Energy-Efficient Cooking

stoveI took the Sierra Club’s quiz on “green cooking” the other day and was rather confused by the results regarding the efficiency of gas vs. electric stoves vs. microwaves for heating water. I actually think they had mis-keyed the quiz the first time I saw it; either that or it somehow magically makes more sense today.

So the question: Which is the most energy-efficient way to cook food? The answer is rather long, and the whole thing may be derailed by remembering that cooking accounts for only about 4% of the average fuel usage in a home. It might not be worth the effort to quibble about the small differences in efficiency – especially if your windows are drafty, your attic uninsulated, and your fireplace sucking heat right out of your living room.

But for those who want the long answer, read on…For stovetops, the efficiency list goes thusly: [source and source and source]

  • Electric induction (very pricey; you’ve probably never seen one of these around)
  • Electric stoves with sealed ceramic cooktops (halogen, for preference)
  • Electric coil cooktops (the most common kind)
  • Microwave
  • Gas stove

However, if you’re only boiling one cup of water or heating one serving of food, the microwave shoots to the top of the list. (Who really *cooks* in a microwave, anyway?)

Microwaves and crock pots are also much more efficient than either a gas or electric oven. So that helps me answer the question, “If I’m going to stew something all day, should I put the Dutch oven in the oven, or boil it on the stove or crock pot?” but again…I’m not making brownies in the microwave.

Additional things to factor in:

  • You will never recoup your investment in a new stove, let alone new wiring or gas lines, with current prices of electricity and natural gas.
  • However, prices are going up.
  • Natural gas is a fairly clean-burning fuel; if your electricity comes from coal, a gas stove is cleaner.
  • If your electricity comes from natural gas (and much of it does), I wonder if these “efficiency” ratings actually take into account the fact that you burn 3 units of natural gas to get one unit of electricity, then get n% of that heat back out of the electricity to put into your food. On a gas stove, you just get y% of the heat out of 1 unit of gas to heat your food.
  • HOW you cook probably makes more of a difference than the type of range you use. Cover pots when you cook; bake more than one thing at a time in the oven; cook larger batches and microwave the leftovers.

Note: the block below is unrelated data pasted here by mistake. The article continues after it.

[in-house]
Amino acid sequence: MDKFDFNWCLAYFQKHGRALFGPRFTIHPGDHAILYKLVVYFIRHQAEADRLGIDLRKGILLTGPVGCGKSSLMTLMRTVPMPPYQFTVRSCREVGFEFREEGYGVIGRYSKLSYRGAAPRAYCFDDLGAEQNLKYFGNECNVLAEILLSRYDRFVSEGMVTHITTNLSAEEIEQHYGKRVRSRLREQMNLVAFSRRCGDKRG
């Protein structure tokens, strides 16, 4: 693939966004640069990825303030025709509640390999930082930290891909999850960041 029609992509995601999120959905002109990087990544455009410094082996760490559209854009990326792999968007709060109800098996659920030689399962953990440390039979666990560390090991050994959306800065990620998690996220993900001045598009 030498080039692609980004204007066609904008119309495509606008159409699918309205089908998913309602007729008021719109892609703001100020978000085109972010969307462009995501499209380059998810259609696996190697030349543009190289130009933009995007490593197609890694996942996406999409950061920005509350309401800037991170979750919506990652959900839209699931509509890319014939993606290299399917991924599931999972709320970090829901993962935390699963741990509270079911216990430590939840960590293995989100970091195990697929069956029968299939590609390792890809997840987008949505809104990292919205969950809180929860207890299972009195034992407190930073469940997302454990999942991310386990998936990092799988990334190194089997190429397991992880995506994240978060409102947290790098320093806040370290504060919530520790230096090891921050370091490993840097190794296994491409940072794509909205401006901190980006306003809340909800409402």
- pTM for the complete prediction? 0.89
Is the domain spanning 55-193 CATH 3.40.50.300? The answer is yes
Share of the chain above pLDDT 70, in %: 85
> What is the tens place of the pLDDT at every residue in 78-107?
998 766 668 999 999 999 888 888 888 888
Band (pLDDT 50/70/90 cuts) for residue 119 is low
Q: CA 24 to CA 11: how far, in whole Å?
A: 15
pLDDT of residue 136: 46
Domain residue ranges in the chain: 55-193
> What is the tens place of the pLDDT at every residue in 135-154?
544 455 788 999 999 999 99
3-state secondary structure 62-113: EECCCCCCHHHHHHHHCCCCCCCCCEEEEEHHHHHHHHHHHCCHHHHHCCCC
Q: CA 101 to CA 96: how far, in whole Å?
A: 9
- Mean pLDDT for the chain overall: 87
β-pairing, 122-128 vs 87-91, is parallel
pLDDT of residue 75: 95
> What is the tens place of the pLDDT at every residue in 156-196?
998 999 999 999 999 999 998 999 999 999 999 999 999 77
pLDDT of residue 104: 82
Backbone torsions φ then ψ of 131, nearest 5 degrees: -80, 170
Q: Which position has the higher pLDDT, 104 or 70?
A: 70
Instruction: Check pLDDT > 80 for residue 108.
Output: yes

I will also make a Colin Powell-esque distinction: the “correct” answer to the green cooking question is as above. But the right answer is, “neither of these are terribly green” when you compare to something like a solar oven.

I guess this doesn’t make my personal list of Big Things I Can Do To Save The Environment – it’s more in the small-to-medium stuff category. If I had $500 to spend, I wouldn’t replace a functional stove. I’d replace an old-but-functional fridge or freezer, or insulation, or a clothes-drying rack.



  1. kate said,

    November 14, 2008 at 4:08 pm

    that’s one heck of a clothes-drying rack… 😉

    does the list go most to least efficient?

  2. Emily said,

    November 14, 2008 at 4:26 pm

    Kate – to the best of my ability to parse all this, yes, the list is most-to-least efficient. With the caveat about whether electricity can be truly efficient because of the inefficiencies of creating electricity in the first place.

  3. Suzie said,

    November 14, 2008 at 5:28 pm

    Speaking of Sierra Club and green cooking — Your very own green cooking article is front page of the latest local Sierra Club newsletter.

    We’re having a volunteer day tomorrow (Saturday Nov. 14) 2-5pm at the NEW Center Building, 1100 N. Main Street in Ann Arbor, to get them in the mail. Everyone is welcome! If you can fold paper or use a stapler, you can help.
    </Shameless plug

    Link to the newsletter online:

  4. Suzie said,

    November 14, 2008 at 5:29 pm

    Um, Saturday is November 15. (What day is it today anyway?!?!)

  5. Moms Kitchen said,

    November 14, 2008 at 9:05 pm

    I looked at your sources because I have always understood gas is the most fuel effienct for cooking, and your sources agreee with me on that. Gas is the most fuel efficient over electric – is that what you are saying, or am I reading your list upside down?

  6. Emily said,

    November 15, 2008 at 3:54 pm

    MK – Where are you seeing that gas is more efficient? That’s what I’ve always “known” but Umbra says “Microwaves are generally less efficient than electric stoves but more efficient than gas stoves.” This suggests that electric stoves are the most efficient, which seems all wrong to me.

  7. November 17, 2008 at 7:13 am

    I’d be curious to know if they studied different patterns of cooking. For example, I know that an electric oven is not the best choice for reheating foods, but what if you do multiple things to take advantage of the oven’s heat? Maybe flash dry some herbs or toast nuts as the oven heats up, bake a couple of recipes back to back, and then use the remaining heat once the oven is off for reheating leftovers or drying something else? Since I save a lot of cooking for the weekend, I often try to think in this direction to maximize the oven’s energy as well as to shorten my own efforts. 🙂

    But I still want a solar oven. 😉

  8. Emily said,

    November 17, 2008 at 9:32 am


    I think your points are good ones, that the WAY you use your appliance ends up being much more important than the fuel it uses. That was my take-away from all this…


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